When you tell art lovers that you collect horse paintings to hang on your walls, most will ask you whether a reproduction of “Whistlejacket” by George Stubbs is against your walls. If not, you will not be seen as a horse painting fundi! Instead, they will wonder how a collector of horse paintings can not have a replica of his home’s most famous horse painting in Western art history.
Although they are correct regarding this real-life picture of the racehorse Whistlejacket as the most famous horse painting, many other artists have created stunning depictions of horses, and many of their paintings are famous.
Well, I have an excellent reproduction of “Whistlejacket” on my wall. Still, I will gladly share some of the other famous horse painting replicas you can have in your personal collection.
The Polish Rider (1655) by Rembrandt van Rijn
There is a story connected to this painting. Some art scholars believe this is not a Rembrandt artwork but a creation by one of his students. One of the reasons they offer to validate their theory is that “The Polish Rider” and “Portrait of Frederick Rihel” are the only two equestrian portraits in Rembrandt’s portfolio.
Nevertheless, I believe it is a Rembrandt artwork he created around the 1650s. It portrays a young man traveling on horseback through a murky landscape. Art historians are unsure whether the artwork was created as a portrait of a living or historical person. And if so, of whom.
Equestrian Portrait of George Washington by Rembrandt Peale
Yet another horse painting that art enthusiasts love is ‘Equestrian Portrait of George Washington’. The painting was created in 1808 by Rembrandt Peale. Peale was an artist who captured the “atmosphere” of the post-Revolutionary United States with his art. His “Equestrian Portrait of George Washington” reminds me of the origins of the United States. Peale did this painting from memory. But although it was done from memory, Peale’s canvas tells the story of early American patriotism.
Some of his memories date back to 1795, when Peale was 17 years old and did his first painting of then-President Washington. In “Equestrian Portrait of George Washington,” of which a replica is hanging against my walls, Washington towers into view astride his horse. Looking at the paintings, it seems like he is staring at you. Peale promoted the memory of Washington as an unequaled leader, remaining mounted and always leading.
Napoleon Crossing the Alps by Jacques Louis David
The reproduction of “Napoleon Crossing the Alps” is also one of the favorite paintings of many individuals to sit and look at. This masterpiece is one of David’s most famous paintings and one of the most reproduced images of Napoleon. It shows a strongly idealized view of Napoleon and his army crossing the Alps through the Great St Bernard Pass in 1800.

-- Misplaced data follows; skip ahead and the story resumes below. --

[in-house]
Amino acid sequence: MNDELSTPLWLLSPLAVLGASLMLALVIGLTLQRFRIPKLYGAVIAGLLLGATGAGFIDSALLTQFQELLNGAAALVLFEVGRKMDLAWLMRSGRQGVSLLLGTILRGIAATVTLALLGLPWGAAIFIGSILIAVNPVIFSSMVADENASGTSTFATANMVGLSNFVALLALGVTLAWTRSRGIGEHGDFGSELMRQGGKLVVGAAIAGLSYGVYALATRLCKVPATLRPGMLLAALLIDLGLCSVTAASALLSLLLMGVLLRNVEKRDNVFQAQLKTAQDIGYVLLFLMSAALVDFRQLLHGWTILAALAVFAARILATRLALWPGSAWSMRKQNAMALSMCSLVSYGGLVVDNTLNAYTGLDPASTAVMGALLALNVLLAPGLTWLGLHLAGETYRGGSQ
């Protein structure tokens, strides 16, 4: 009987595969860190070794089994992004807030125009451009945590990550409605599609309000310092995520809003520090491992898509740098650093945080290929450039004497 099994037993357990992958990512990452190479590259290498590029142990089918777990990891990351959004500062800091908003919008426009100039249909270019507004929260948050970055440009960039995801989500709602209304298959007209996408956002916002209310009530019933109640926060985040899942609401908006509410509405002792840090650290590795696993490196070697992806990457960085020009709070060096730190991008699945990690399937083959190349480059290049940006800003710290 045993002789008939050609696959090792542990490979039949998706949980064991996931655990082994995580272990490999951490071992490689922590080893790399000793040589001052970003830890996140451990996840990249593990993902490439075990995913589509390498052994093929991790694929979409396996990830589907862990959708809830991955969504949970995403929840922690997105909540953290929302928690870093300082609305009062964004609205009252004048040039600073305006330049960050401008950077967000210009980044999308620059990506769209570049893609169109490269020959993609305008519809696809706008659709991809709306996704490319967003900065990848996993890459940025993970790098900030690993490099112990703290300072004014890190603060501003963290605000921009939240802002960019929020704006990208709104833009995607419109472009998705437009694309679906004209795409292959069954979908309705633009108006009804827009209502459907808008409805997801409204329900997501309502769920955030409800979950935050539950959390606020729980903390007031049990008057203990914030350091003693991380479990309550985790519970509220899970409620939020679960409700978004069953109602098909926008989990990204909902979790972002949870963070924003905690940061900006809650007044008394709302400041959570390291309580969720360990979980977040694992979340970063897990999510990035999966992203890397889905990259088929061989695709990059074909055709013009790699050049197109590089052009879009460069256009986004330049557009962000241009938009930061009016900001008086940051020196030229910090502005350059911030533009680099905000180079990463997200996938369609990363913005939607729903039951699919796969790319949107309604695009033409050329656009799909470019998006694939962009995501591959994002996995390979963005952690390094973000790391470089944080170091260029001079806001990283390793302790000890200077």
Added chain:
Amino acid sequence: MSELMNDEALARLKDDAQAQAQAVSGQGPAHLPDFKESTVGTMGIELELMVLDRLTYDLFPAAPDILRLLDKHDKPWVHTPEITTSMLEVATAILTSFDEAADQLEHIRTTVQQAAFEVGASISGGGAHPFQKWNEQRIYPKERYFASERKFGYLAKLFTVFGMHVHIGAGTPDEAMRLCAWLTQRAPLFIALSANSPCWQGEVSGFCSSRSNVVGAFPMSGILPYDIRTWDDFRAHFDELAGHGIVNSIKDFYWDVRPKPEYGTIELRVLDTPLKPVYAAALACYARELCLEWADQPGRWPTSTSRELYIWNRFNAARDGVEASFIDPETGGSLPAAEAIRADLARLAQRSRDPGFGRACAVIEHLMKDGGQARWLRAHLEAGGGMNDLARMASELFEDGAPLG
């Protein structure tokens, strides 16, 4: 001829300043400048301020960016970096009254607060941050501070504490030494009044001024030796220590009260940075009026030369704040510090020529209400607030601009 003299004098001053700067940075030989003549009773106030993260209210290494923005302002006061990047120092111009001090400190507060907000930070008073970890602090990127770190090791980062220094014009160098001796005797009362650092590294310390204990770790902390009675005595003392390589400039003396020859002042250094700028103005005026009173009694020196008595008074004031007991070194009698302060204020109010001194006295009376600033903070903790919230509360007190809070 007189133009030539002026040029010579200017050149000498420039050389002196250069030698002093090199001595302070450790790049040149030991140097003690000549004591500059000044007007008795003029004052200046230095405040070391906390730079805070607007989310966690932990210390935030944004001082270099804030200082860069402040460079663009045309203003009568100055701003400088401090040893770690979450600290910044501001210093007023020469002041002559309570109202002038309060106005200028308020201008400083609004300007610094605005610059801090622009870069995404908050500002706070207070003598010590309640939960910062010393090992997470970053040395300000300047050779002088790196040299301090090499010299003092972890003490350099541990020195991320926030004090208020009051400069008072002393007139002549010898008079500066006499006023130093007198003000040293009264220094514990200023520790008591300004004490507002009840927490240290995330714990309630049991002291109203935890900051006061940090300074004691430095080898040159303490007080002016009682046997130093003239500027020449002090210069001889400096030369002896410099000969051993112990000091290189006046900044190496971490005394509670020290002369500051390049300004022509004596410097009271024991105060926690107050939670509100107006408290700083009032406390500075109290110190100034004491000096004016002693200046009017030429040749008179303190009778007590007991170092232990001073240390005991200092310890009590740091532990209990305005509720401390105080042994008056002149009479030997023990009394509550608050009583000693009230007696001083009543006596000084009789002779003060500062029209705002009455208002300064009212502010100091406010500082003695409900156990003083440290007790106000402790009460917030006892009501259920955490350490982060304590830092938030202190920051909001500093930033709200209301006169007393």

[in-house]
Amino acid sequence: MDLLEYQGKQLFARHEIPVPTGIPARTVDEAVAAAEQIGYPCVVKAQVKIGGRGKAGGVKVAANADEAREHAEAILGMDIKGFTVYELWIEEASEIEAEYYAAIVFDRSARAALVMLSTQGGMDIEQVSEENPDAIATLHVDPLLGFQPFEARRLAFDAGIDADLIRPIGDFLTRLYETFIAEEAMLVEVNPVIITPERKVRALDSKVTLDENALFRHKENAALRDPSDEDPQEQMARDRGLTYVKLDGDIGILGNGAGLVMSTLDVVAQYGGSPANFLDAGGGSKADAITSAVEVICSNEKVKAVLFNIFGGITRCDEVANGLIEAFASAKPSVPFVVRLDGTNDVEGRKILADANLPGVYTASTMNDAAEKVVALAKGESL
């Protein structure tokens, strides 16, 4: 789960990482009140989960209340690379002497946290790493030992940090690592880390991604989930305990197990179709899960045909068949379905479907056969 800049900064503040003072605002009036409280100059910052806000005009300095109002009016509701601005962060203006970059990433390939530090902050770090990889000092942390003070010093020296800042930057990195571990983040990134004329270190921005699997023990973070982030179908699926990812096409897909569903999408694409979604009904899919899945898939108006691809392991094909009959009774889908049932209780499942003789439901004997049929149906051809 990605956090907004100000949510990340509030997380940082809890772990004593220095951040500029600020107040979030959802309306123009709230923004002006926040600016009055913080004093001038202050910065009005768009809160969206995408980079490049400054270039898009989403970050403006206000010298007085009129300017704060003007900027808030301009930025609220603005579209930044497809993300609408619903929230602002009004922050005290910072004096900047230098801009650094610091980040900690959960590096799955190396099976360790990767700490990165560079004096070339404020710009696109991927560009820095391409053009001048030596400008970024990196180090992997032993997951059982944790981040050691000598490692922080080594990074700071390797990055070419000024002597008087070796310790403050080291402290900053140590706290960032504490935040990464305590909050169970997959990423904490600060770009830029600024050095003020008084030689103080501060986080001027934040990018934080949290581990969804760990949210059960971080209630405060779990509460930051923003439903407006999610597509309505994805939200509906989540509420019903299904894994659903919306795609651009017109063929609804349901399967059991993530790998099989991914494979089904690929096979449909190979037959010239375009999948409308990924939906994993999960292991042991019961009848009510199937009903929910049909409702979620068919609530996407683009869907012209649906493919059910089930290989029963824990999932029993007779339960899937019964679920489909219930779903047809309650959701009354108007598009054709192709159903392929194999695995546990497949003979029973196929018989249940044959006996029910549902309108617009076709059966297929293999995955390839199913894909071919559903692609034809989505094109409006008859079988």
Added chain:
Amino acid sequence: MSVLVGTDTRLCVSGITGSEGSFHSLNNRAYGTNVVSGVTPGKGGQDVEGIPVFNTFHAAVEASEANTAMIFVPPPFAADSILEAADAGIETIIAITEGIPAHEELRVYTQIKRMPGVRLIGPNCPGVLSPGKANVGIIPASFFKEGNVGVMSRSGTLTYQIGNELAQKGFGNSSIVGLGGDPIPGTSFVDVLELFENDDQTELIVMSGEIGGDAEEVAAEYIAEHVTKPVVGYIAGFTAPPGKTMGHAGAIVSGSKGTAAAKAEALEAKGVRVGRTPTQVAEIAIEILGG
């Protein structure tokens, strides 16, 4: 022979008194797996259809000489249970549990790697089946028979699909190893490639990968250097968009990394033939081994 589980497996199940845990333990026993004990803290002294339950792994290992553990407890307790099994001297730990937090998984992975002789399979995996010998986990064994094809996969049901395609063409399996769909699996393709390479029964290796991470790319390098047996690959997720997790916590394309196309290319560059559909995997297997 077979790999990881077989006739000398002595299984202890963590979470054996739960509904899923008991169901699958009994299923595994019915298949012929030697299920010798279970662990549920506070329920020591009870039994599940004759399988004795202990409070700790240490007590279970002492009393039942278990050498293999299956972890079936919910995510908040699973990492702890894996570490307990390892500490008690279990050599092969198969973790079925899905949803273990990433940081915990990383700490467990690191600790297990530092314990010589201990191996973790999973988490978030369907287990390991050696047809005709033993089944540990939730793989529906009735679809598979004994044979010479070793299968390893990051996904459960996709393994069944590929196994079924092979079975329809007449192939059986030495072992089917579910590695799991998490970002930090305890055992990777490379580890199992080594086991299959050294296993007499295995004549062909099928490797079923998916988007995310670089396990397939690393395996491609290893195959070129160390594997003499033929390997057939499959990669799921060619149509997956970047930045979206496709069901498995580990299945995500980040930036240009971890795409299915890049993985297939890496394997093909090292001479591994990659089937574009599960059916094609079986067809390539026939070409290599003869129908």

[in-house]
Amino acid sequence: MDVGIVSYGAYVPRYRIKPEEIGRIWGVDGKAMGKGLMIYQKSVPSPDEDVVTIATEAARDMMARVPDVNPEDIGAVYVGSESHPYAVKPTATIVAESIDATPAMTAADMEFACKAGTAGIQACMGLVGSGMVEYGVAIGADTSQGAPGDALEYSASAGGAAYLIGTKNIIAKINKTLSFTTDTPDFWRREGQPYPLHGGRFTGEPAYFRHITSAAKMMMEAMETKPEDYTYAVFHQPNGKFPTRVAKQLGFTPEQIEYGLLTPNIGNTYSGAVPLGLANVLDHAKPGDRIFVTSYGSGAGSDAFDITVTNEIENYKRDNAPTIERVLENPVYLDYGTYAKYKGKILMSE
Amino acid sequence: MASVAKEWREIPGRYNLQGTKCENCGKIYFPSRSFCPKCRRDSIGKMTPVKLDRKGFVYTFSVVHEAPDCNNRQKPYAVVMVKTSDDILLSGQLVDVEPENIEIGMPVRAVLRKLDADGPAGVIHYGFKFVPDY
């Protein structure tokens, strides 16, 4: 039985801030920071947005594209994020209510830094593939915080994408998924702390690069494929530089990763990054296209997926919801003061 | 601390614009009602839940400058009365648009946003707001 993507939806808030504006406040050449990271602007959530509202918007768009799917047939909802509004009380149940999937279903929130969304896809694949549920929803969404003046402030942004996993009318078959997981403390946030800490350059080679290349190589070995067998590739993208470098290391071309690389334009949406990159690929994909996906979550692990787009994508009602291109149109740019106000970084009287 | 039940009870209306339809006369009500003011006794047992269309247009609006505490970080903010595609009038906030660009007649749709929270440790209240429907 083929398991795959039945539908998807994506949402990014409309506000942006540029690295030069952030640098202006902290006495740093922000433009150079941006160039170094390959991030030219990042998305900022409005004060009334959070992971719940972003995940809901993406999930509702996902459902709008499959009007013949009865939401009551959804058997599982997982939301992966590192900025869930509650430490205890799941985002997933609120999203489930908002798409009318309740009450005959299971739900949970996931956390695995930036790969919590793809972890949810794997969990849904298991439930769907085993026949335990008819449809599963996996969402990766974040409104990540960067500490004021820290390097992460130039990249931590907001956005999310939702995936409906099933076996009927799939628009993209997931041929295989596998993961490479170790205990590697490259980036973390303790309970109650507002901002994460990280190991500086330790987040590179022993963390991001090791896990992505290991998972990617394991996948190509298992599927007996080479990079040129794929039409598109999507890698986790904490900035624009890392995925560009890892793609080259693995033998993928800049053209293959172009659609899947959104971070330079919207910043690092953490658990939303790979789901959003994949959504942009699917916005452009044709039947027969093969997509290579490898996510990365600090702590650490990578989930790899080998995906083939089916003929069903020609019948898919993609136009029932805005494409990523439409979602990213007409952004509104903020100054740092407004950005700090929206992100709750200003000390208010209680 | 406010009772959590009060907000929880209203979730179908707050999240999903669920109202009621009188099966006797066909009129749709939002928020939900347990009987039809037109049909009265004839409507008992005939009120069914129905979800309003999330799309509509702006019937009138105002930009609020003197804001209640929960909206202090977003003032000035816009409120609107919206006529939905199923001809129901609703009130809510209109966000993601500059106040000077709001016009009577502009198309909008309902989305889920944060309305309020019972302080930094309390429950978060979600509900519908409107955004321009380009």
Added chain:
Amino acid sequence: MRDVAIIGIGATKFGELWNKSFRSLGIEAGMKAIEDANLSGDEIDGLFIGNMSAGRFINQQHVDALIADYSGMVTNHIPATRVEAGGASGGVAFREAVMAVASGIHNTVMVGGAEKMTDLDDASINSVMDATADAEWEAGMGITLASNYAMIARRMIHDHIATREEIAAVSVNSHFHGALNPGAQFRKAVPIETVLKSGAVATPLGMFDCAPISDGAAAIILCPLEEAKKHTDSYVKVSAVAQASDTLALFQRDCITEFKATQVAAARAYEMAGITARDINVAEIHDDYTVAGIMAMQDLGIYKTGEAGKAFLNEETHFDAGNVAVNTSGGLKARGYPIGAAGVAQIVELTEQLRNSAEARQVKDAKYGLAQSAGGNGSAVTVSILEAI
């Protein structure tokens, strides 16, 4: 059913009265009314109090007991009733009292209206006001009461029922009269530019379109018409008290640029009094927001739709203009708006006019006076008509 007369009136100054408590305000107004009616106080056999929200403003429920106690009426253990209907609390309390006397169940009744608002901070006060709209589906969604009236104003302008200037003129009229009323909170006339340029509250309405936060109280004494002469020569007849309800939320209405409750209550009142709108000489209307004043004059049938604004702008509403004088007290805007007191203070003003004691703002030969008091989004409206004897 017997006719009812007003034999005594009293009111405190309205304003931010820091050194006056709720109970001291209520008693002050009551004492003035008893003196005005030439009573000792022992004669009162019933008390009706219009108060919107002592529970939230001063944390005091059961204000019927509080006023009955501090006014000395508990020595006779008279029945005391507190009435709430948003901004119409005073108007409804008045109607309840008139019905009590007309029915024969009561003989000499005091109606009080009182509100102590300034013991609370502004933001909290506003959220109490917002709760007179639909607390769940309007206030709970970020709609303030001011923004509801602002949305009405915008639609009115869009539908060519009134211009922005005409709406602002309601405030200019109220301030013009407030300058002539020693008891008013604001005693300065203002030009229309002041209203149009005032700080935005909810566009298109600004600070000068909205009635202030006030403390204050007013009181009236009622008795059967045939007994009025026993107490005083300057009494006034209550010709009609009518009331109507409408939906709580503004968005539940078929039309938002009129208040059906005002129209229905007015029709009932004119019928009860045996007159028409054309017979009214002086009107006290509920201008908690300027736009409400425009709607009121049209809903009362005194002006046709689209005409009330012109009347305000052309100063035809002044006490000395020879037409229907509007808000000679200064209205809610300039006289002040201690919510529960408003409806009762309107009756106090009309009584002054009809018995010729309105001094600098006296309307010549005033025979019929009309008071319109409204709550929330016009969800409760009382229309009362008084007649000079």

Interesting, “Napoleon Crossing the Alps” is a series of five “identical” portraits of Napoleon Bonaparte painted between 1801 and 1805. Four copies were intended for four different venues, and David kept the fifth one in his studio until his death.
The original painting was a commissioned work by David. After Napoleon had crossed the Alps, presents between Charles IV of Spain and Napoleon were exchanged. One of the gifts to Napoleon was this still-to-be-commissioned painting by the painter David. The French ambassador to Spain requested the original painting from David on Charles’ behalf. The painting was to hang in the Royal Palace of Madrid as a goodwill gesture to the new relationship between Spain and France. David accepted the commission.
From the beginning, Napoleon had asked David to use the painting as propaganda and portray him mounted on a fiery steed. However, initially, the crossing was made on a mule. Napoleon instructed David to produce three reproductions of the artwork- one for the Château de Saint-Cloud, the second for the library of Les Invalides, and the third for the Royal Palace of Milan.
A Dash for the Timber by Frederic Remington
Another famous horse painting I have a reproduction on my wall is “A Dash for the Timber.” Frederic Remington created this Impressionistic painting in 1889. The painting shows eight mounted cowboys and their packhorse in full gallop. They are racing for the cover of the trees ahead as they are chased by a war party of Indians on horseback. You can see three cowboys shooting backward over their shoulders.
Remington very skillfully portrays the horses in this painting. They are galloping with nostrils flaring and muscles straining, and this masterpiece is the epitome of the American frontier’s visual description. This painting was created in Remington’s studio when he was twenty-eight after several journeys to the frontier and observations of the activities of the U.S. Cavalry.
La Chasse (“The Hunt”) by Albert Gleizes
Style-wise your favorite reproduction against your wall will be “The Hunt” by Albert Gleizes. It is an example of Gleizes’ dynamic Cubist style. You will find it an excellent conversation piece. Not everyone likes the cubist style, but it is regarded as one of his greatest works.
It was painted in 1911 and portrayed a hunting scene with seven people and numerous animals.
The painting conveys the tension between the men on horseback and the animals.
Many famous horse paintings have been created over the centuries, and you have a wide choice of horse painting reproductions you can hang on your walls. In addition, horse paintings are usually excellent conversation pieces because art lovers and horse lovers are always commenting on either the painting techniques or the depiction of horses.